Integrity is a much admired and sought after characteristic in leadership. When you ask board members or employees about the ideal characteristics for a new leader, integrity is almost always number one on the list, rarely lower than number three. So since it so critical, what is it? What does it really mean when a CEO or other leader is said to have great integrity?
Yes, it means telling the truth. It also means doing the right thing, even when no one is looking. It means giving credit to others when they deserve the recognition. It means being authentic. It means living your personal and professional life in balance, honoring your commitments.
It also means being consistent. And for some leaders, that is where the rubber skids off the road.
Here is a classic example for healthcare: hospital leaders love to say that their employees are their most important asset. These kinds of statements are a verbal tip-of-the-hat, an acknowledgement that it takes hundreds or thousands of employees to make a hospital operate. The real question is whether a hospital can be successful without great employees? As we grapple with the storms of change generated by impending reductions in reimbursement from deficit reduction programs, the answer is a resounding “no”!
Hospitals talk about the value and importance of their employees. Rarely is a hospital annual report produced without that perfunctory claim. More to the point is the question of how many CEOs walk the talk? How many leaders tell their employees that they are truly the heart and soul of the organization and then back it up, day in and day out, with words and deeds to reinforce that claim? How many CEOs make daily rounds, engaging their employees in meaningful ways? How many come in overnight to bring coffee or cold drinks and snacks to the nurses and other support personnel who are there for the patients? Not once or twice in their tenure, but on a regular basis? How many leaders visit patients on a regular basis, to say hello and to ask how well the organization is doing to help them get better?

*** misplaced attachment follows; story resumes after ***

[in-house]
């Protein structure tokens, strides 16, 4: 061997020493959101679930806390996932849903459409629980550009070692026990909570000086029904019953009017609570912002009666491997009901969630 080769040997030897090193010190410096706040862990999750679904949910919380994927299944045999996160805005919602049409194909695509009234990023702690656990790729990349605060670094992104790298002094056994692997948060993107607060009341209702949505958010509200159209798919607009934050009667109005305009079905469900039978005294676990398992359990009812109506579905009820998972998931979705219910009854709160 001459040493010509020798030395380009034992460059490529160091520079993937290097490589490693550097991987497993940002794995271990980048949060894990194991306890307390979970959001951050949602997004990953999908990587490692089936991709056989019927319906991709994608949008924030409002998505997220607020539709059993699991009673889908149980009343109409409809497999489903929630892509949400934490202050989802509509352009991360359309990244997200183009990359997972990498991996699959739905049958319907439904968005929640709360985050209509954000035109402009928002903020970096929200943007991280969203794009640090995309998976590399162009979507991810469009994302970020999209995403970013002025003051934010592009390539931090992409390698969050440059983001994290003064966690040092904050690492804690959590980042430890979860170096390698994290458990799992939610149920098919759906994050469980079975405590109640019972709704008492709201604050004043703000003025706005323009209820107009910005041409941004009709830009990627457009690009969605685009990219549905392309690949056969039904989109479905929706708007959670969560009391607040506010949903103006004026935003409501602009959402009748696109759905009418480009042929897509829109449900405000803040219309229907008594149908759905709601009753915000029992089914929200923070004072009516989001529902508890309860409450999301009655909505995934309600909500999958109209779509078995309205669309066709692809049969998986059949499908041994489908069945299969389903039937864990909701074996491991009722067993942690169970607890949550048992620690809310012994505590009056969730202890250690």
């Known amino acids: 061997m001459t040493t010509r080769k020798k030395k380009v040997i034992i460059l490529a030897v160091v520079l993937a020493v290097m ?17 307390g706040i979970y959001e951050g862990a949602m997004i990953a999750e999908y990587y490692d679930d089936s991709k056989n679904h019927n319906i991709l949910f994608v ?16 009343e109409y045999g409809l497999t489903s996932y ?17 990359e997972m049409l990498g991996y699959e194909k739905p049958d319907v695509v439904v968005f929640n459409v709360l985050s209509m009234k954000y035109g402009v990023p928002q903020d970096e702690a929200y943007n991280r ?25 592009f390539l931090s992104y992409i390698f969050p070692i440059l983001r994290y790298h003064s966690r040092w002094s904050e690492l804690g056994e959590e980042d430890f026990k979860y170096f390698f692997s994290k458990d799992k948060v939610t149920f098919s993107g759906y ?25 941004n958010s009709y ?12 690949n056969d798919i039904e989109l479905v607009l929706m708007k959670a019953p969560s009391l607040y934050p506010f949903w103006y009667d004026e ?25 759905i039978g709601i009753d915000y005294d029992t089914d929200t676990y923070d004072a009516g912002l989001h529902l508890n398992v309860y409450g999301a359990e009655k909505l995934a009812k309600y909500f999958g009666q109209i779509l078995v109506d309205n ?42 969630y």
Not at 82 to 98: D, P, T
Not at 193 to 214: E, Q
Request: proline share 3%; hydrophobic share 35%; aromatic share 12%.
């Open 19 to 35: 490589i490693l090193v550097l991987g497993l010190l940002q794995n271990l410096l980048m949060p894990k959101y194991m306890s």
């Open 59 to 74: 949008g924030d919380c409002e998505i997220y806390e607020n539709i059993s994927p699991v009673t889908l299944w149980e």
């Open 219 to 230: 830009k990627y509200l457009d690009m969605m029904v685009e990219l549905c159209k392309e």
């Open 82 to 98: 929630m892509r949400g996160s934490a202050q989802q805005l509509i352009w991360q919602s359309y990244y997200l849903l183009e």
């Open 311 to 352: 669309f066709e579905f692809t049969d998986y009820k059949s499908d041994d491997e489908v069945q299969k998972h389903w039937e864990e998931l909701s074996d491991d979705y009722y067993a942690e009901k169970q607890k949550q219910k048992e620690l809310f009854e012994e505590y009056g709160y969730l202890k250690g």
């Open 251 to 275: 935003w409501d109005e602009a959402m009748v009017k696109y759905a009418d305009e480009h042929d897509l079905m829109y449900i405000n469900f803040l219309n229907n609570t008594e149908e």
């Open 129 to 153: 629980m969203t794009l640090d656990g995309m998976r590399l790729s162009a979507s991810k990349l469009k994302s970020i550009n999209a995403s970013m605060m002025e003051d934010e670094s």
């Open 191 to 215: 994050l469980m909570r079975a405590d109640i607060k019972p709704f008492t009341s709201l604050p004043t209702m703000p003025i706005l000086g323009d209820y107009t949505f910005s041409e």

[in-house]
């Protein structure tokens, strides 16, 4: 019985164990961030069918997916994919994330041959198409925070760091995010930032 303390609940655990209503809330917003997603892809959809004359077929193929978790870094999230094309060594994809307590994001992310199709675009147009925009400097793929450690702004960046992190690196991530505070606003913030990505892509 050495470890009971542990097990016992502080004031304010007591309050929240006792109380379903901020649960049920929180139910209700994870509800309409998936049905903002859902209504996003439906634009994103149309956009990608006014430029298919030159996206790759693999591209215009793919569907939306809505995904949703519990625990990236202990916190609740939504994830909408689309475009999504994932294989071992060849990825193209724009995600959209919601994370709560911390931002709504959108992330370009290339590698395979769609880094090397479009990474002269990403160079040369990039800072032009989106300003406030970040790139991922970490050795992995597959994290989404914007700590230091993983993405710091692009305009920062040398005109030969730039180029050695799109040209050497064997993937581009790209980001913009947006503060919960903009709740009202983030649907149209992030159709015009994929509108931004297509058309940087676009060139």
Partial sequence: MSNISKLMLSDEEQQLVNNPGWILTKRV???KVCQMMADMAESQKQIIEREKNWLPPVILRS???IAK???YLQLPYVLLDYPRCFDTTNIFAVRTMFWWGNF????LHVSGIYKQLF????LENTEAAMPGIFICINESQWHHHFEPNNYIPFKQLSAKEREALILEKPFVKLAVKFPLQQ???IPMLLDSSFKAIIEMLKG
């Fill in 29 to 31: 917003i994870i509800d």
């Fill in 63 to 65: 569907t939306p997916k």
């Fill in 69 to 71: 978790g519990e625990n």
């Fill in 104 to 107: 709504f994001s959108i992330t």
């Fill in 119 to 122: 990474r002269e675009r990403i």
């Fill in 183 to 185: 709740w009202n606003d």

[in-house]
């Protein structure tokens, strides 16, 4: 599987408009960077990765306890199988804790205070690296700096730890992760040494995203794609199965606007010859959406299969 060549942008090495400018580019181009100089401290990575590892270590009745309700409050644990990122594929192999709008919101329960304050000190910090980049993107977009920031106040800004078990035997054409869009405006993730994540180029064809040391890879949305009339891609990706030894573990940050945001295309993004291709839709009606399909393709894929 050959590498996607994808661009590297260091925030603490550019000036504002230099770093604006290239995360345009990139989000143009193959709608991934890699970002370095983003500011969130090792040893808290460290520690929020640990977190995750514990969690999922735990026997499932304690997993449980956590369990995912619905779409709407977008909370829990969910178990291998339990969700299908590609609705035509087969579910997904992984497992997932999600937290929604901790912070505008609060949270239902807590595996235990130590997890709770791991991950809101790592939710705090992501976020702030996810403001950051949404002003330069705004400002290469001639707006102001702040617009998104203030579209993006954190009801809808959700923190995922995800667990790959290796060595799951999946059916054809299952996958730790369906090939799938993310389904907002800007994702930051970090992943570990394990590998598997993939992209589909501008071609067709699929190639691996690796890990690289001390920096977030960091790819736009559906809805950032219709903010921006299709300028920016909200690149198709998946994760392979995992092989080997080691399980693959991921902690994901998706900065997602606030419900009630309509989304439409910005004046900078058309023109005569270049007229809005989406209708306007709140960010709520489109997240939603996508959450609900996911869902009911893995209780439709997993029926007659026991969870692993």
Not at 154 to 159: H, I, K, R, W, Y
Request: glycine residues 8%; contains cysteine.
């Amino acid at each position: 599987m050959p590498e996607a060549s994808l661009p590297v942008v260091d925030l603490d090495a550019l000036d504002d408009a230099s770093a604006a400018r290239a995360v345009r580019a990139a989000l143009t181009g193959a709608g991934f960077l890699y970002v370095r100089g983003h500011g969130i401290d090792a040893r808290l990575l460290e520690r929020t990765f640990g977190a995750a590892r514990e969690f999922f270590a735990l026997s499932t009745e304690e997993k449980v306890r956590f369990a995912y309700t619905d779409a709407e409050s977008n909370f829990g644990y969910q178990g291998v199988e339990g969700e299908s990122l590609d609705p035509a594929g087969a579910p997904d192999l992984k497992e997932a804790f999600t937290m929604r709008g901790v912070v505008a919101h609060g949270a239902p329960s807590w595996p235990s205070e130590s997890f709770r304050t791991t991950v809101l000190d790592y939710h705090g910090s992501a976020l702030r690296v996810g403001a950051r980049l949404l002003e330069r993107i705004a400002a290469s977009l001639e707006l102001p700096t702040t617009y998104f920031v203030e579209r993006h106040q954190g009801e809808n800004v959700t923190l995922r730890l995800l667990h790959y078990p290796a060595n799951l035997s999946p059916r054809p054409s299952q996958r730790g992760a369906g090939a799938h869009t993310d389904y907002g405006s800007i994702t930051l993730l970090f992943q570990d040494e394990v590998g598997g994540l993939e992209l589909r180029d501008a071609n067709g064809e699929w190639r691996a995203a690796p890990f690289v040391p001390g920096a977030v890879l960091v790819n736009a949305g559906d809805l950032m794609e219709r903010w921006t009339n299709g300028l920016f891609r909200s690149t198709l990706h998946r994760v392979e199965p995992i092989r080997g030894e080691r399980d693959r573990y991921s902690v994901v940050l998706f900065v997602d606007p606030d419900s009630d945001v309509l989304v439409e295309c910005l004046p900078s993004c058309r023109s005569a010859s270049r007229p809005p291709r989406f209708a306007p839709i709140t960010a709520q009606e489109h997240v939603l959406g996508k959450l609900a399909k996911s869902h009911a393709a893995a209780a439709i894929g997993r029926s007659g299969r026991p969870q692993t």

As a CEO, or any leader for that matter, when you make grand statements statements regardiong your vision and values, then you must personally follow through. That is called being consistent. Employees pay attention to it because they know it reflects a leader’s integrity.
© 2011 John Gregory Self